This video discusses three elements of grief and loss: recognition, remembering and rebuilding.
- Video transcript
Hi there. My name is Louise Knowles, and I'm the head of Mental Health and Psychological Therapy Services at the University of Sheffield. And I want to talk to you about loss and grief in relation to the coronavirus pandemic.
The three Rs of grief and loss; Recognition, Remembering, Re-building
So some of us will be experiencing loss right now. And sadly, some of us will have lost loved ones and will be grieving. More than ever, it's really important to say that we're entitled to feel loss, about a range of different things. So from the tangible: so the loss of a loved one, to the less tangible: the loss of our freedom, the loss of the feeling of hope for our future. In order to help you navigate what you might be experiencing right now, I want to talk to you about the three R's to loss and grief. So the three R's are recognition, remembering and rebuilding, and I want to go through those each in turn.
So, recognition. So simply put this is where we recognize that we've lost something, this is the acute phase, we might struggle to accept what's happened. When we lose someone or something that's important to us it's really common to struggle to accept this. So at the start of the pandemic, we might have struggled to accept what was happening, and the impact that this was happening on our lives. And as this situation has changed, or change, we may re experience this phase again. If we've lost a loved one, we can really struggle to believe it. And it's particularly true, if it's someone that we don't see that often, so, for example, grandparents. We can end up revisiting that early phase of loss, again and again and again, each time we would have expected to see them. So things like family gatherings can become really painful events.
So in this early phase, it's really important that we take, take good care of ourselves and pay attention to our basic needs. So, we need to eat regularly, and eat well, we need to get enough sleep. And we need some structure. So something as simple as a regular get up time, and a regular go to bed time, can really help in this early phase.
And also in this early phase, we need to treat it like it's a shock. So we need to take that good care of ourselves and we need to give ourselves permission, that we can feel a range of different feelings. So we can feel anger, we can feel sad, we can feel relief, we can feel frightened, we can feel loneliness. And also, we can feel guilt.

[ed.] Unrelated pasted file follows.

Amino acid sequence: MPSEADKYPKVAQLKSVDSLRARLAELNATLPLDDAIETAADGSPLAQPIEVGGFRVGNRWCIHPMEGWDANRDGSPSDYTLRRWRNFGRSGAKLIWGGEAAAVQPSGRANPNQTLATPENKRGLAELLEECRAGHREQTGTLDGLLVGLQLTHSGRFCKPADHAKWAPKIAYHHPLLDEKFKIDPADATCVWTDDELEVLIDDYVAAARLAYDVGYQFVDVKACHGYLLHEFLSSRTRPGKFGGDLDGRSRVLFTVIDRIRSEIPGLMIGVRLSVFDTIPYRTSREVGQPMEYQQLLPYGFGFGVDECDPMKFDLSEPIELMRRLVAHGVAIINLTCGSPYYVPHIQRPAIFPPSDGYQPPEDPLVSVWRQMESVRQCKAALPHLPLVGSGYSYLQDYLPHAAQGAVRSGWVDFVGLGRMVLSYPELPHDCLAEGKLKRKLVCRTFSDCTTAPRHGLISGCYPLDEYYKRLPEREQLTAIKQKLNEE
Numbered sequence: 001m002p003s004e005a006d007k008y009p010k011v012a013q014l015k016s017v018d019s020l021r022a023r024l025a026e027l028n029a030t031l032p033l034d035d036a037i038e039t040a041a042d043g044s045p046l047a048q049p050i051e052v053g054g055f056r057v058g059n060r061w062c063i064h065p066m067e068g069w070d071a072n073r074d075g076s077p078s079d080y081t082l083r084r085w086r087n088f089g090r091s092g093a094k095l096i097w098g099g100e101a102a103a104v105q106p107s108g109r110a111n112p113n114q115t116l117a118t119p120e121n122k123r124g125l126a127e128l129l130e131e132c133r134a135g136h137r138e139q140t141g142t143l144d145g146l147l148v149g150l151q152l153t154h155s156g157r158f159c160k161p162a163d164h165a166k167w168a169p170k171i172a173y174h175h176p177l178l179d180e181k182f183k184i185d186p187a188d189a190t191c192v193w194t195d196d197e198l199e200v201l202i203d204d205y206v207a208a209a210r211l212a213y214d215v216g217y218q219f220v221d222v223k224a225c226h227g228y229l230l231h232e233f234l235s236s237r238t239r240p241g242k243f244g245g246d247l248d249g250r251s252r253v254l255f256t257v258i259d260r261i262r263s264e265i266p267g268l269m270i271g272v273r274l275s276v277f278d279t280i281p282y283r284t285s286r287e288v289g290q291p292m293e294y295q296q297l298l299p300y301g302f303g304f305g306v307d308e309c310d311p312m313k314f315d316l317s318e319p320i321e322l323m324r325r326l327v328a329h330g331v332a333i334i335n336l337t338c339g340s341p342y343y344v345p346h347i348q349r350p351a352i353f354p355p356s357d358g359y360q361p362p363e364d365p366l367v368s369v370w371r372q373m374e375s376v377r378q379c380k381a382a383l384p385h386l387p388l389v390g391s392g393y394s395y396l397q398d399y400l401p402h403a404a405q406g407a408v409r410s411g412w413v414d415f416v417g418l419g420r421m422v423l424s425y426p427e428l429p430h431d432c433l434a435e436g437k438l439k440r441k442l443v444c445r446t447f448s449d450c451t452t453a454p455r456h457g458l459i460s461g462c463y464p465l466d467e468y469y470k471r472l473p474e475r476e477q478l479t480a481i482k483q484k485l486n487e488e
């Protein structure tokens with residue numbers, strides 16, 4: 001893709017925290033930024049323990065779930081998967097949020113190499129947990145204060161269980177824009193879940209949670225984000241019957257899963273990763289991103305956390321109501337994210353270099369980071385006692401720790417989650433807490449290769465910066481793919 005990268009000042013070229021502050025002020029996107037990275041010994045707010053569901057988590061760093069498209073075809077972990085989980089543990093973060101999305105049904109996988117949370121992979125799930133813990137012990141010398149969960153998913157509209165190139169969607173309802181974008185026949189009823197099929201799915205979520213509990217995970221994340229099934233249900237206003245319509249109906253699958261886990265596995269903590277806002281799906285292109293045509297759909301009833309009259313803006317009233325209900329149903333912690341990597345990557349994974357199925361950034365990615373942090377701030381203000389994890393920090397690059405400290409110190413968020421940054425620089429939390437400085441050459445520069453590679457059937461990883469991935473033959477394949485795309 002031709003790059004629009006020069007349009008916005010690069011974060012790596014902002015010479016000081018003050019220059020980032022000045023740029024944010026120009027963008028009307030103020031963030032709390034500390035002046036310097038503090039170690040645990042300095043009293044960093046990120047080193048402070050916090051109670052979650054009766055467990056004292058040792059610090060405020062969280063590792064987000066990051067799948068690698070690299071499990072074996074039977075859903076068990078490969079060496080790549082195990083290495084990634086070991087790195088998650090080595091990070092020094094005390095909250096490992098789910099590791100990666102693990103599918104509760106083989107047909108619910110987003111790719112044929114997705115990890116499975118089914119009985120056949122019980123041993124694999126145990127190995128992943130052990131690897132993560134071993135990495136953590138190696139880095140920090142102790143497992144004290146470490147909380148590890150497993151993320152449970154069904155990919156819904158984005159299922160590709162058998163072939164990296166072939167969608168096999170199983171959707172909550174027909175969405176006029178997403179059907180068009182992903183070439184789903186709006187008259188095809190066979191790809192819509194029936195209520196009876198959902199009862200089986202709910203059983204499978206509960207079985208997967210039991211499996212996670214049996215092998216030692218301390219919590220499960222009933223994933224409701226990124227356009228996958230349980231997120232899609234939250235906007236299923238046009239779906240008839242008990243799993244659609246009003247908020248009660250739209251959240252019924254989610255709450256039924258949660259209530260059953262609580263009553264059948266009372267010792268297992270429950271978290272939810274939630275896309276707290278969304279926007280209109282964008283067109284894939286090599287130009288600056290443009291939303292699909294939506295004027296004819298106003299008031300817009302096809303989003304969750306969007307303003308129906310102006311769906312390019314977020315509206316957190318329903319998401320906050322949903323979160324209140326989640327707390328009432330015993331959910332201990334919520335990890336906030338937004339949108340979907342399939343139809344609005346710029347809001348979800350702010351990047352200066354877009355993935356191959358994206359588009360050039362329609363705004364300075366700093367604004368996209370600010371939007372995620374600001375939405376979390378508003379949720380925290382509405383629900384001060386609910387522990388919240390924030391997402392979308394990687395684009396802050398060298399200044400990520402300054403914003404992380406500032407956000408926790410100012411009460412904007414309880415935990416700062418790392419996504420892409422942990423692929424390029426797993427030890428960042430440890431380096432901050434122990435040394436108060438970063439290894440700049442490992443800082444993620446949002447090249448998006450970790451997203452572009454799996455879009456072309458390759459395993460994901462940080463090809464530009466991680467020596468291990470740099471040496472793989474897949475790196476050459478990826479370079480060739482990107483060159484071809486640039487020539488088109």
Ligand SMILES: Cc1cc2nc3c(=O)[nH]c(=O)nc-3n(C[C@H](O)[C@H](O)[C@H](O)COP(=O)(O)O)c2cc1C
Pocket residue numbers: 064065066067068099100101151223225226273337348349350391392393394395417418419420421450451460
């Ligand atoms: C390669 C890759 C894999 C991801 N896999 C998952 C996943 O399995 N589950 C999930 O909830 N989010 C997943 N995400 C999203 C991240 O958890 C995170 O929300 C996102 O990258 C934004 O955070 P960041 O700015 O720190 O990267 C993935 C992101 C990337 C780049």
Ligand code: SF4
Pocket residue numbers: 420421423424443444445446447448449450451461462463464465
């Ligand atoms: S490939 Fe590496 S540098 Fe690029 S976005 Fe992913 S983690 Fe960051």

So the second R is remembering. And this is where we begin to process our loss. We need to find ways to help us express what we're feeling inside. So sharing photos can be a way that we can support ourselves to talk about our loss. Externalizing how we feel will really help us move forward with our loss. Remembering and reminiscing about what we've lost is really about how we make sense and create meaning out of what's happened to us.
So, talk and tell, give yourself permission to talk and keep talking and tell your story to someone that respects and will listen to you. Tell people that you're grieving. It's important that you keep expressing your sense of loss, and let people know you want to talk about what's happened to you. Tell your tutors. It's really important that you feel listened to and understood. And remember, the average grief process can range for a number of weeks to three to four years. So it's absolutely fine that you can take your time.
And the third R is about readjusting. So this is where we readjust. So we're not the person that we were before, this, this experience has changed who we are. And it's common in this phase, that we feel an urge or a pull to change our lives in some way. So we may want to move house, we might want to start a new activity or start a new relationship. We often make some change to reflect what's happened to us internally. So Coronavirus may have limited the ways in which we can make these changes to our lives. So you might want to think about smaller steps. Rather than moving house, you might want to rearrange a room or start a new hobby, display some photos of a loved one.
Finally, there's no fixed way of dealing with loss or grief. But it can be really helpful to understand about the process. Loss is lifelong. So the loss I experienced early in my life has an impact on who I am today. I'm now better able to bear and make meaning out of the loss and I'm better able to understand when I'm experiencing loss and know when I need to reach out. So, reach out and tell your story.
And one final message. If your loss or grief feels too big or overwhelming, it is fine to seek professional help.